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Here is today's summary of economic development news, a free service of the Economic Development Partnership of Alabama, representing Alabama's private sector investment in economic development.  If you enjoy NewsFlash, thank an EDPA Partner



in this issue:
Bill designed to help Huntsville's pursuit of new industry still alive in special legislative session
Birmingham's Brasfield & Gorrie Atlanta project scores new high for LEED
Newsweek ranks Alabama School of Math and Science No. 3


Bill designed to help Huntsville's pursuit of new industry still alive in special legislative session
Published: Monday, May 21, 2012, 6:36 PM
By Steve Doyle, The Huntsville TimesThe Huntsville Times

HUNTSVILLE, Alabama -- A Huntsville-backed economic development bill that died in the regular session of the Legislature has new life in the ongoing special session.

The "Major 21st Century Manufacturing Zone" act - co-sponsored by Republican state Sens. Arthur Orr, Bill Holtzclaw and Clay Scofield - would broaden current tax increment finance, or TIF, laws to include large industrial sites capable of attracting more than $100 million in private investment.

Conceived as a way to help lure a major employer to the 1,500-acre Sewell farm in southeast Limestone County, the bill was amended in April to apply statewide.

It passed the Senate unanimously and was on track to be considered by the House last Wednesday, the final day of the regular session.

A lengthy debate over a proposed occupational tax in Jefferson County scuttled those plans, so Orr, Holtzclaw and Scofield refiled the bill - now known as SB 7 - for the special session.

State Rep. Mike Ball, R-Madison, filed a companion bill in the House.

Gov. Robert Bentley called state lawmakers back to Montgomery on Thursday to draw new legislative districts mandated by population changes in the 2010 Census - a process that is expected to take several days.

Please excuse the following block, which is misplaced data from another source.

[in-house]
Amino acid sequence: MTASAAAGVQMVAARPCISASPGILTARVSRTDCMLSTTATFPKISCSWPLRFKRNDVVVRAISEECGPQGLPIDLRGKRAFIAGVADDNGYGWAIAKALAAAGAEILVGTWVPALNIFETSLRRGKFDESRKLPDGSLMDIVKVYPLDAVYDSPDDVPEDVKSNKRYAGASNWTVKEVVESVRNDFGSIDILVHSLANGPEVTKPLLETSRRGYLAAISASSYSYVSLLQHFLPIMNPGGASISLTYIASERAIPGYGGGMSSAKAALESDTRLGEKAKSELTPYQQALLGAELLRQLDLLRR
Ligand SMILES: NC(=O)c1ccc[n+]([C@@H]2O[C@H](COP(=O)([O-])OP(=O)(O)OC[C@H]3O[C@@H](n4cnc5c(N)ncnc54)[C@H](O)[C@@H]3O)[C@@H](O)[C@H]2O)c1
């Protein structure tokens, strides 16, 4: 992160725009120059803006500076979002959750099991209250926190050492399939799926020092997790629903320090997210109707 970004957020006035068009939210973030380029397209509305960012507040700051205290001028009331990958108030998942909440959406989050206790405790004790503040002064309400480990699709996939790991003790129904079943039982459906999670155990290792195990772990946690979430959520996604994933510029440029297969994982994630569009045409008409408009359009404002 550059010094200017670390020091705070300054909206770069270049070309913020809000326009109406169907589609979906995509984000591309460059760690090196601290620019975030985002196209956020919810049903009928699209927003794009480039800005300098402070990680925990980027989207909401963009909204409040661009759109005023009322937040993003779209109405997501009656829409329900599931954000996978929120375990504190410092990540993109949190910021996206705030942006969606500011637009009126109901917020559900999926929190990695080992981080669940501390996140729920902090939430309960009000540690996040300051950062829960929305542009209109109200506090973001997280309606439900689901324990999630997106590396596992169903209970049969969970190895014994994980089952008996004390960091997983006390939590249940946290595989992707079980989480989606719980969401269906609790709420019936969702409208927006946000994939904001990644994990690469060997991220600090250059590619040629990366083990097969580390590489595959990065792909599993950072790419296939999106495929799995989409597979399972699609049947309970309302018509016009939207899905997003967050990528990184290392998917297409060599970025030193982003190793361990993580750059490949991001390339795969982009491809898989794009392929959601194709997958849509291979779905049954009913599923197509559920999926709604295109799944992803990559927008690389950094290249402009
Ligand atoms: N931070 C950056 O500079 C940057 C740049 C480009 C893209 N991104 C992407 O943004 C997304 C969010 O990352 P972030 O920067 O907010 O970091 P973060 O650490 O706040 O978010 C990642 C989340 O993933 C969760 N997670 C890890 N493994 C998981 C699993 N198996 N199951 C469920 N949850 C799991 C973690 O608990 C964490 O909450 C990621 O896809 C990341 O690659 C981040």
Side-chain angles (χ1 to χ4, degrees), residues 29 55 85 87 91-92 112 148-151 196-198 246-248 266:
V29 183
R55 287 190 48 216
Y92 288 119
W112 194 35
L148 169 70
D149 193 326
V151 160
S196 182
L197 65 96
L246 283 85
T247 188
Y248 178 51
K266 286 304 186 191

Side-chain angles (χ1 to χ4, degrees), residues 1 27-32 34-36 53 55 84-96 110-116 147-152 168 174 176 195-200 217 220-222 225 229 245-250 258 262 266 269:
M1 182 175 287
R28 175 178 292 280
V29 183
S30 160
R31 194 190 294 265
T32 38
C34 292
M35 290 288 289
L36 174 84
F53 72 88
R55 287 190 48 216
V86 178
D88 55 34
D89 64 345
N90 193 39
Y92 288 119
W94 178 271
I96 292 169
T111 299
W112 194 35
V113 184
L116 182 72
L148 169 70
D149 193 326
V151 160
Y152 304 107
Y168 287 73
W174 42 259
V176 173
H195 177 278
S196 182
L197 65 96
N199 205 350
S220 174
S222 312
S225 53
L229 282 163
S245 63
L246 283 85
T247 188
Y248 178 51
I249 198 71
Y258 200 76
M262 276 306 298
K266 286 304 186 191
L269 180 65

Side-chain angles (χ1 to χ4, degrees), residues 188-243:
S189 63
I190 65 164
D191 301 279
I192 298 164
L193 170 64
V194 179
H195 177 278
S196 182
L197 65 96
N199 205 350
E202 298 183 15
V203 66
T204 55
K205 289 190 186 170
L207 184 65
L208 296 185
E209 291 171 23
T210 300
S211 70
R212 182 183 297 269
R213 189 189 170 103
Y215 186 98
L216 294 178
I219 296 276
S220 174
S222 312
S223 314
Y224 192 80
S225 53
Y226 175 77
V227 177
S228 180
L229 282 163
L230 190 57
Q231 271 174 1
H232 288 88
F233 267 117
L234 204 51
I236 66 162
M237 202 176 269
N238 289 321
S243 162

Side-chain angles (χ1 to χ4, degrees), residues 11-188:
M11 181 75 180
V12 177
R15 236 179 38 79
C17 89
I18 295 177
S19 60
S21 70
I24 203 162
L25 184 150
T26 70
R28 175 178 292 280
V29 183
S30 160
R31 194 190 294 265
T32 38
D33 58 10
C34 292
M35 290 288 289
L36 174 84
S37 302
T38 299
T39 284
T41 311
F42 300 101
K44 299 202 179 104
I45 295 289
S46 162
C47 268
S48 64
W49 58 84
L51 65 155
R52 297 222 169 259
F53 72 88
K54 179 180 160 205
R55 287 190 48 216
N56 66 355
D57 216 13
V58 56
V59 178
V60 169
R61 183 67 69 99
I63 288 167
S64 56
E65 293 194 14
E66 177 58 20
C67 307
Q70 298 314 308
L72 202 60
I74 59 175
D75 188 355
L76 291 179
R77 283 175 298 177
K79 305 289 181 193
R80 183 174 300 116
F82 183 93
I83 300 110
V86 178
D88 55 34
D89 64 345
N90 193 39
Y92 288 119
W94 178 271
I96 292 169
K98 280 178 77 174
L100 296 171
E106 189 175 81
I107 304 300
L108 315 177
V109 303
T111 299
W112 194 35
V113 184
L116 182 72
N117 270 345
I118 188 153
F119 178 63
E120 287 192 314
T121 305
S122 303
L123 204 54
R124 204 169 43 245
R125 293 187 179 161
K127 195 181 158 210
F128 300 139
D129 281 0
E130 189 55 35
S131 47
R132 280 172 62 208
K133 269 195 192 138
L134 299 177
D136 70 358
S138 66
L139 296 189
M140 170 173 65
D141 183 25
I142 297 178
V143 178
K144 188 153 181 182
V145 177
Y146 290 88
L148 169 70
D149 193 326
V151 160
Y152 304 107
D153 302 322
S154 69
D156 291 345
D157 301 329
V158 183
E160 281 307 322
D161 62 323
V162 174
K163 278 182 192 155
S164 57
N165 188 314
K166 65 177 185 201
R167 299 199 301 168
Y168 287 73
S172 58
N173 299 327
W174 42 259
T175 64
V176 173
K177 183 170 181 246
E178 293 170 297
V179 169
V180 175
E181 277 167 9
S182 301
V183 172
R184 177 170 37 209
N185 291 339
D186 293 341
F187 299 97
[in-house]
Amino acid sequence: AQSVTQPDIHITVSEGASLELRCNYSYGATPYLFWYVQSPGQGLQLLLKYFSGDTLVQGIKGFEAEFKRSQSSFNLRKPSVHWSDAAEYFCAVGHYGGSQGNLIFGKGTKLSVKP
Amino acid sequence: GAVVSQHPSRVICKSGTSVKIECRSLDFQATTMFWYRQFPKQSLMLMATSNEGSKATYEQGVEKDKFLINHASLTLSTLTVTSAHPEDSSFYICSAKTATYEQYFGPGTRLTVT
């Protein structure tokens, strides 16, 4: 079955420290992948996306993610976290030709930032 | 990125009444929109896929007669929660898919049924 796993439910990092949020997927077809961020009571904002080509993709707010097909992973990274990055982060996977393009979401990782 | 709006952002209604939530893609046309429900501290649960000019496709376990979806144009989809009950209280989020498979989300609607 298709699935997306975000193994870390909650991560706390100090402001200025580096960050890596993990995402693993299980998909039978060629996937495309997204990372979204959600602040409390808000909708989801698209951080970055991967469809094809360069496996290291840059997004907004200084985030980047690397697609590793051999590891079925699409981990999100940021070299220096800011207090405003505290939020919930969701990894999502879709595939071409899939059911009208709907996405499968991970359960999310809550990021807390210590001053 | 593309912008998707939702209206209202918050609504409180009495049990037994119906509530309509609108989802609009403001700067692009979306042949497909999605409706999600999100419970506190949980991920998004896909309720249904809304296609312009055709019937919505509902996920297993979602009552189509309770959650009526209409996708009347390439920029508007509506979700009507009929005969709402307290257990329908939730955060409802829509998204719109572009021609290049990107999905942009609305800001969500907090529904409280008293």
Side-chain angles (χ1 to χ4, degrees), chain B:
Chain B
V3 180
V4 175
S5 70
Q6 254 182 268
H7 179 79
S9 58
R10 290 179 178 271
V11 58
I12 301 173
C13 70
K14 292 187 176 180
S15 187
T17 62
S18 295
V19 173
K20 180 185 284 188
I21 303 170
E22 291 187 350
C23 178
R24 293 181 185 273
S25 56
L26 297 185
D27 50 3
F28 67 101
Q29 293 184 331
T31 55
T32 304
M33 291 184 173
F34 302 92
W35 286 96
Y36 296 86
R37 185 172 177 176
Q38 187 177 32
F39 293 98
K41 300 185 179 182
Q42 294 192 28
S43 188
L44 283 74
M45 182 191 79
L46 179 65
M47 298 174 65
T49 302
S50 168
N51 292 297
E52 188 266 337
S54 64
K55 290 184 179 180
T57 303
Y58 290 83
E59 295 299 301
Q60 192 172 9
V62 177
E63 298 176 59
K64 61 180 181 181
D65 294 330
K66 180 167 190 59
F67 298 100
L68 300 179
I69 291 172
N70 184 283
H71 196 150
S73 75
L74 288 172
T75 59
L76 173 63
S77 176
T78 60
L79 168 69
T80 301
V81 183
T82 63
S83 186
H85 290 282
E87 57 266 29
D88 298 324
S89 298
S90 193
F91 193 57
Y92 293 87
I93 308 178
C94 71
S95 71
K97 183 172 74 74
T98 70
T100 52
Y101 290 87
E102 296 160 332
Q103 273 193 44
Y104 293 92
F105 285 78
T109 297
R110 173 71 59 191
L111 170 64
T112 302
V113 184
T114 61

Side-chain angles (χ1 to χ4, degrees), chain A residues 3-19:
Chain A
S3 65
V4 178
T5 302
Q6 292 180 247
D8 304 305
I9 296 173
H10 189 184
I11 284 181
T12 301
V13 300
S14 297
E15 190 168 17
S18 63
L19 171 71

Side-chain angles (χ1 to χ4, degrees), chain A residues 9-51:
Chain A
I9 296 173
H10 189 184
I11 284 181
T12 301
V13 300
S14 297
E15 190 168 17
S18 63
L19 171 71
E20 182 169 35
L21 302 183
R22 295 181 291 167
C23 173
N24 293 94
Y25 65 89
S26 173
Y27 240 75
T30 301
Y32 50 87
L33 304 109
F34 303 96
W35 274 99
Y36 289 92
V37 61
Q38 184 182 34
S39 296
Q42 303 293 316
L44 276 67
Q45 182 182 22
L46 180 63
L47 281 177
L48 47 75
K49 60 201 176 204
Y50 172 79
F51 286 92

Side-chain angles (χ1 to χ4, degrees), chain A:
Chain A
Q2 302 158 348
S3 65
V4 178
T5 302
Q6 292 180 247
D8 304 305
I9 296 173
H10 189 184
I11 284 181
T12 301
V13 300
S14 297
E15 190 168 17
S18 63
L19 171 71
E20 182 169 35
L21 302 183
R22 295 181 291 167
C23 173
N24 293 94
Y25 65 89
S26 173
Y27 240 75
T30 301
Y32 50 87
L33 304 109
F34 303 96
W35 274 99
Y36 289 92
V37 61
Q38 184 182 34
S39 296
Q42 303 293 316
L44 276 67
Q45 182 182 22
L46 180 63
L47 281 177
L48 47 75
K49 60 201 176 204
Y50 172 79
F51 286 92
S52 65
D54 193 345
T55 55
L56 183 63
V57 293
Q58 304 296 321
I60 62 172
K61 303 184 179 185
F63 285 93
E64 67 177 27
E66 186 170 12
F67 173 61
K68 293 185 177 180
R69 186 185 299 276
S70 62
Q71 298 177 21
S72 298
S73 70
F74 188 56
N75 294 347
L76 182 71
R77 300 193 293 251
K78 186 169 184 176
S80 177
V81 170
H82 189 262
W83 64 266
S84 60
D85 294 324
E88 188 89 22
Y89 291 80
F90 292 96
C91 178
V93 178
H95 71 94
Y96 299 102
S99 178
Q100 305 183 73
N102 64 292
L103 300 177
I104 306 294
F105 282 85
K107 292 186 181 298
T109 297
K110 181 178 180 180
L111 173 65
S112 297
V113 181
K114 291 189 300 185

Ball said the TIF bill has already cleared a Senate committee and stands an "excellent chance" of passing before the special session adjourns.

"As far as I know, there's no opposition to it," he said Monday.

The bill would allow Huntsville to borrow money to buy land, improve roads, add water and sewer lines, and even construct manufacturing facilities at the Sewell farm, located off Greenbrier Road in the city's mostly undeveloped western fringe.


Birmingham's Brasfield & Gorrie Atlanta project scores new high for LEED
Published: Monday, May 21, 2012, 12:55 PM Updated: Monday, May 21, 2012, 6:18 PM
BIRMINGHAM, Alabama -- Birmingham-based Brasfield & Gorrie LLC was part of the project team that handled the $11.5 million renovation of the Perkins+Will Atlanta office building that has earned the highest Leadership in Energy and Environmental Design score in the Northern Hemisphere to date under the 2009 version of the LEED for New Construction rating system, the company said in a release.

Work on the eight-story, 90,000-square-foot building and below-ground parking deck at 1315 Peachtree Street scored 95 points and earned LEED Platinum certification. It involved the demolition of all existing finishes, removal of 2,000 square feet of post-tensioned concrete slab, and recladding of the exterior glass curtain wall.

Other enhancements included the addition of an elevated steel terrace that gives the architecture firm prominent views of Peachtree Street and the High Museum.

The project also included a full interior build-out and replacement of all plumbing, mechanical, and electrical systems.

Brasfield & Gorrie worked with Perkins+Will to achieve the exceptional LEED score by incorporating sustainable methodologies and elements throughout the course of the construction process, to include:



Newsweek ranks Alabama School of Math and Science No. 3

Published: Tuesday, May 22, 2012, 10:12 AM Updated: Tuesday, May 22, 2012, 10:14 AM

By Rena Havner Philips, Press-Register

The Alabama School of Math and Science in Mobile is the third-best public high school in the state, according to the latest rankings by Newsweek magazine.


It was the only local school to make the magazine's list of the nation's 1,000 high schools that are the most effective in turning out college-ready graduates.

Overall, the school on Dauphin Street in Mobile's Midtown area ranked 182.

Alabama's top school, according to the magazine, is Jefferson County International Baccalaureate in Birmingham, which placed sixth overall. Mountain Brook High was 144.